Big Freeze - TX'21 - FAQ

Q: Are the courts going to be able to handle a lot of new litigation on top of COVID-19 and backlog? Will that cause courts to order mandatory mediation, MDL, other?

A: There is a backlog due to orders banning jury trial and criminal backlog. There is a precedent – Bexar County issued mandatory standing order during the 2016 hail storm litigation including mandatory discovery and mediation.

 

Q: How do commercial and residential claims vary?

A: In terms of complexity, business interruption, more likely to involve public adjusters.

 

Q: Can adjusters still be sued in Texas?

A: Yes, even under 542A. Removal depends on amount in controversy and election.

 

Q: Are there extensions to the claim-handling deadlines?

A: Yes for CAT claims.

 

Q: Are suits going to be litigated in federal or state court or both?

A: Both

 

Q: As it seems the majority of claims being filed are covered by the respective policies. Are there any anticipated uncovered losses expected?

A: That will depend on the claim and policy of course, but very generally speaking, mold is commonly excluded or subject to very specific provisions relative to accidental water loss, typically with sub-limits. Anti-concurrent causation exclusions could come into play (e.g., defective work/construction) on roofing claims, partial denials with respect to Building Code requirements depending on limits, and “other structure” issues such as damage to fencing, swimming pools.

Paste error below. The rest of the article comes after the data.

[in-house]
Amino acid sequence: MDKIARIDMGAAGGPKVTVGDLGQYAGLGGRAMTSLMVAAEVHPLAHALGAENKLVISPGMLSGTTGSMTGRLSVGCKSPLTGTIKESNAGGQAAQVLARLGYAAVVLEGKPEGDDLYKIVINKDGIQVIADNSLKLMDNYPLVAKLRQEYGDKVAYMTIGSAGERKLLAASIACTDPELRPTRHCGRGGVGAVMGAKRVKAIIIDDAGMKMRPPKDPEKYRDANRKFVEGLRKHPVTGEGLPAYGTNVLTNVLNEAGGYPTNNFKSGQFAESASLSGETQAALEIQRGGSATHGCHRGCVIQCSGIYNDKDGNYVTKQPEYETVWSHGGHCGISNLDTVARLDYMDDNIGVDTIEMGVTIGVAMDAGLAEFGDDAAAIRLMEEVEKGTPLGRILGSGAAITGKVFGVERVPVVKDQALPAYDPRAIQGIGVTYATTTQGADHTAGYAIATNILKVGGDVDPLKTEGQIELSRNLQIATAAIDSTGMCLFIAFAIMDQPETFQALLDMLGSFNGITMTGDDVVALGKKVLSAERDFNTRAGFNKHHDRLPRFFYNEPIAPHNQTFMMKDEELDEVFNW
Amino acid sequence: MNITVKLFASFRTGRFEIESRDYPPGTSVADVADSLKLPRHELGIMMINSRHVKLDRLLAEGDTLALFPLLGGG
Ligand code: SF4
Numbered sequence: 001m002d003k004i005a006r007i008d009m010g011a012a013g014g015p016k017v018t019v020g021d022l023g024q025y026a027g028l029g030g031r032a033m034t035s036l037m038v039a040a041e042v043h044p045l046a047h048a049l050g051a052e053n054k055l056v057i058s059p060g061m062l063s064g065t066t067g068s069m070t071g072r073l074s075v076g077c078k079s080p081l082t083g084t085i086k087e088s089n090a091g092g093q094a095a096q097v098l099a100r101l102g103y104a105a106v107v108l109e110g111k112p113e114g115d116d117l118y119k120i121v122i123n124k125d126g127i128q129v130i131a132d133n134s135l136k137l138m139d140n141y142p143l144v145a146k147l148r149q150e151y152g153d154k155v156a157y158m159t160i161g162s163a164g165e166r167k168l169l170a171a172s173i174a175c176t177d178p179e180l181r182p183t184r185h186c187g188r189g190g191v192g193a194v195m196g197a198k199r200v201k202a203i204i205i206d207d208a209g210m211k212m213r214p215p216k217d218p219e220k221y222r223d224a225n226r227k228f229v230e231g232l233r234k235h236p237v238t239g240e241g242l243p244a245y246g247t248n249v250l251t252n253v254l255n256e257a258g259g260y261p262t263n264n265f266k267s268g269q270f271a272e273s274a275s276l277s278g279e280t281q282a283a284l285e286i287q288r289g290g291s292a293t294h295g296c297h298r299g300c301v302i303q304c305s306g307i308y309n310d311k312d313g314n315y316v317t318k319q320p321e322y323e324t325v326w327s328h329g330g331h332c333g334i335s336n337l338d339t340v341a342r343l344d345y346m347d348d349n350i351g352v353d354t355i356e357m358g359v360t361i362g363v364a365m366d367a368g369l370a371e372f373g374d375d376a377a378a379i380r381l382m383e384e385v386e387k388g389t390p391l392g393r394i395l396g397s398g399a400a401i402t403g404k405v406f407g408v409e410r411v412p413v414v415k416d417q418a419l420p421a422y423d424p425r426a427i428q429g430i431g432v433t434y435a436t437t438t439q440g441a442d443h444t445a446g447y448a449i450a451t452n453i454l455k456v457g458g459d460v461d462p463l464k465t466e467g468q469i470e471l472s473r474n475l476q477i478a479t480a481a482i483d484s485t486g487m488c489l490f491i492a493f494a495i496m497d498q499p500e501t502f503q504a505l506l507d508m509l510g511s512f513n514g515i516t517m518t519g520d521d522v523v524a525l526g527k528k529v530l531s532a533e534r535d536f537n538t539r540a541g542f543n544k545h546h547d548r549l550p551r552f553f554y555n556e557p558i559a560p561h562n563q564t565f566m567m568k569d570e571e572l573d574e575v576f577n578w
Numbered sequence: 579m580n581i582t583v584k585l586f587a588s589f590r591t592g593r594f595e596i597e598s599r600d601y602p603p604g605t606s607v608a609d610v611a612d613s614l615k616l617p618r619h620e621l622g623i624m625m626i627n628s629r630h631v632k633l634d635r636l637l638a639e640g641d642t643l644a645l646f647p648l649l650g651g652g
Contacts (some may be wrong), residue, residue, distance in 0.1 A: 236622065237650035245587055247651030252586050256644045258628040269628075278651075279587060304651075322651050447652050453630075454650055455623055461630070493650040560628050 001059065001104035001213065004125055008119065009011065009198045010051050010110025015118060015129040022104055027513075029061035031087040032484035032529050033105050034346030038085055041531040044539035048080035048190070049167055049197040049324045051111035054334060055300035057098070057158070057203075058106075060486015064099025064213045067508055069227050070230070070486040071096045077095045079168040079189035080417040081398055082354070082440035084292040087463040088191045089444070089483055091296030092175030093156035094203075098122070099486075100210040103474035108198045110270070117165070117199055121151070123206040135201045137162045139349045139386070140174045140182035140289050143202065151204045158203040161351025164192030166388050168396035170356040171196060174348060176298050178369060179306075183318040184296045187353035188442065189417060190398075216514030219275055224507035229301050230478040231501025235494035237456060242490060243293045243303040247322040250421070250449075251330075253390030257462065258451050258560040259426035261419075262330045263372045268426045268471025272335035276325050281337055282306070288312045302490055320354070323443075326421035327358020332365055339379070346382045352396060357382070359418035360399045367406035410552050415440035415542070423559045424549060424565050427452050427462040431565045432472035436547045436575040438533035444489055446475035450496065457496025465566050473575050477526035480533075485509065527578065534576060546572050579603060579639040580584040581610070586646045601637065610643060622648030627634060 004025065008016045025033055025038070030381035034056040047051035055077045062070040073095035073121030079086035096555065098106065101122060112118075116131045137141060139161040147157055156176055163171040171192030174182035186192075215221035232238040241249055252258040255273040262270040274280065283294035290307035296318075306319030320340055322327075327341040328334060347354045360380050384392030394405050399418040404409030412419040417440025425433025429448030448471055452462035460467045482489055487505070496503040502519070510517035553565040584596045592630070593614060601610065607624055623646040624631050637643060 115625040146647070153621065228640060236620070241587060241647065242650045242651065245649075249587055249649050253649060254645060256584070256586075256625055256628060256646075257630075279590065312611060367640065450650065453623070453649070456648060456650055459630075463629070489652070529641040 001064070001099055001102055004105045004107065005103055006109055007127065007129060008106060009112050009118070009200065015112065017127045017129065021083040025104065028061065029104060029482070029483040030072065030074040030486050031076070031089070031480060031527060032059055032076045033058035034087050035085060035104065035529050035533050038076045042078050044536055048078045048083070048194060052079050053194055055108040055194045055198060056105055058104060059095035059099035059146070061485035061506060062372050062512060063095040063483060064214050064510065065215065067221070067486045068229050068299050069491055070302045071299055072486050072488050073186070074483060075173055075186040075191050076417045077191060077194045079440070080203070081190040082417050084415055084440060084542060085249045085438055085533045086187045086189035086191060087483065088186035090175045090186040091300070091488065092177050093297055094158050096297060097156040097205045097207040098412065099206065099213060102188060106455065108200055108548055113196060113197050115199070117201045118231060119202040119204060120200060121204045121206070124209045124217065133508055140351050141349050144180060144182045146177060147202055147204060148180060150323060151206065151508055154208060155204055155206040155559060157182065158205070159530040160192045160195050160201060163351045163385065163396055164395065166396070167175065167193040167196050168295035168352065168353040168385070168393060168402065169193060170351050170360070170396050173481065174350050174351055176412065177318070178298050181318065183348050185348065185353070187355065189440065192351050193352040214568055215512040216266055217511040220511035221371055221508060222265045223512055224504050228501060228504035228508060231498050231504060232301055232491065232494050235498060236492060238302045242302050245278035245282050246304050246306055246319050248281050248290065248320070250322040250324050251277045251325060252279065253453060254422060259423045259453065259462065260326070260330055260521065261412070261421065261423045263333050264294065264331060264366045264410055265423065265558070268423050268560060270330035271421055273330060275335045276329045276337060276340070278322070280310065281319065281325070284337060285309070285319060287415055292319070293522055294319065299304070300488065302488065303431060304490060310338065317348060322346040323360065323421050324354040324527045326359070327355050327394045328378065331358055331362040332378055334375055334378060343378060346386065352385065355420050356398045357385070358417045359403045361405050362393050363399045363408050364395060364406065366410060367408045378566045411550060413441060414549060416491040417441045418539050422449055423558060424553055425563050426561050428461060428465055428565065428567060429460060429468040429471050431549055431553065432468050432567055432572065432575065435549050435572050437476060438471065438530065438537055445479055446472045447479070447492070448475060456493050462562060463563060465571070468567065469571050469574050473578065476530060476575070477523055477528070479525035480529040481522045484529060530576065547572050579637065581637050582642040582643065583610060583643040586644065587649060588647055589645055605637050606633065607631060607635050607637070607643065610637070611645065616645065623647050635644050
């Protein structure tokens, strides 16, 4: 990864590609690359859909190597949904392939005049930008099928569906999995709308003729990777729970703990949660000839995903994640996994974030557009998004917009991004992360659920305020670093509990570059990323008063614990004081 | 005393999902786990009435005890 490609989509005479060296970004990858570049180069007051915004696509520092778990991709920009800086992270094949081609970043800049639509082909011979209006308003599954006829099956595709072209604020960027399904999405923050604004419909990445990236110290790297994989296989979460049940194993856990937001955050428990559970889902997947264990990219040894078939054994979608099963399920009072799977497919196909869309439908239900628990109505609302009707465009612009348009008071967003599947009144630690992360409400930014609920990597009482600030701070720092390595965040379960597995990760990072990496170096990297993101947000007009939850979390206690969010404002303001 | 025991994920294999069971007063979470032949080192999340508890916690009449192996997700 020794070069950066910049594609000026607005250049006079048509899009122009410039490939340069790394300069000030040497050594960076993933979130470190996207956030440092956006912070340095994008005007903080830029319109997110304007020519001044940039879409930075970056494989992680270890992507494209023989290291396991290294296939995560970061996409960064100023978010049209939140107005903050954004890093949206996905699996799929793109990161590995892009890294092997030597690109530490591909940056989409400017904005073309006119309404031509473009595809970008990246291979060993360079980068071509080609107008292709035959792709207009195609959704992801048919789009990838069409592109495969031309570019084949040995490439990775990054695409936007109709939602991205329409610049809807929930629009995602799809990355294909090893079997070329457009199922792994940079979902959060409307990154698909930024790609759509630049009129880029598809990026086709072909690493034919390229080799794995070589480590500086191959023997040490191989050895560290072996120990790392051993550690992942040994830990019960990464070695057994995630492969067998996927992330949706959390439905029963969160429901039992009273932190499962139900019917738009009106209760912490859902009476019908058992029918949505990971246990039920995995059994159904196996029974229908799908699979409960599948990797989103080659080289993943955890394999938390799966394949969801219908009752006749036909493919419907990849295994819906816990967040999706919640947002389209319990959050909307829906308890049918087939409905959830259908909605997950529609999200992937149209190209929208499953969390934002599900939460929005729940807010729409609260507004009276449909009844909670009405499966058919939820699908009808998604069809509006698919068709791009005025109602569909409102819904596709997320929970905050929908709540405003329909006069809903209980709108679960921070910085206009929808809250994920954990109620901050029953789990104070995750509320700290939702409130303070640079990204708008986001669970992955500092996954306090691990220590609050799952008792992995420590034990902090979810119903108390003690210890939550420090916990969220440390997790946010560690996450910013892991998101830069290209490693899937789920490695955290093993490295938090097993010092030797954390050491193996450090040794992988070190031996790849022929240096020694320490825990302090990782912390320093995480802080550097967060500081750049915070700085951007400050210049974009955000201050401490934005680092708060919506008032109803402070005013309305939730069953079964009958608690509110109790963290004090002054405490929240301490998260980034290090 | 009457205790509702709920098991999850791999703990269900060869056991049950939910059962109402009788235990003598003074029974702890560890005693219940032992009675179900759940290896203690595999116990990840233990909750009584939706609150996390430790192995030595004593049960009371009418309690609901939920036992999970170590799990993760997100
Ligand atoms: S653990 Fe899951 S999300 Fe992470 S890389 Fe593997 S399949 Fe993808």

Q: What are the differences between a DTPA claim and an Insurance Code claim?

A: Insurance Code specific to insurance policy claims; DTPA is for “consumers” in sales/services transactions, including insurance. The DTPA provisions are directed at deceptive trade practices, typically occurring at the time of sale as opposed to claims servicing. However, unlike the Ins. Code, the DTPA includes a cause of action for unconscionability. A violation of one can be brought under the other.

 

Q: Are there different damages? (Code versus DTPA)

A: Essentially yes: actuals/economics, plus fees, plus mental anguish and up to trebling for knowing/intentional violations.

 

Q: What makes the DTPA concerning? Unconscionability, attorney’s fees. For breach of common law, no fees, no trebling, and punitive damages subject to clear and convincing evidence, other statutory limitations for punitive damages.

A: What is a pretextual denial? Recent case: Tex. Windstorm Ins. Ass’n v. James, 2020 Tex. App. LEXIS 6719 (Tex. App.—Corpus Christi-Edinburg 2020, pet. filed). Insurer’s basis for ignoring insured’s estimates --the fact that its adjuster hadn’t viewed reported damages—was not reasonable and contradicted inclusion of some of the same damage in a prior estimate by the adjuster.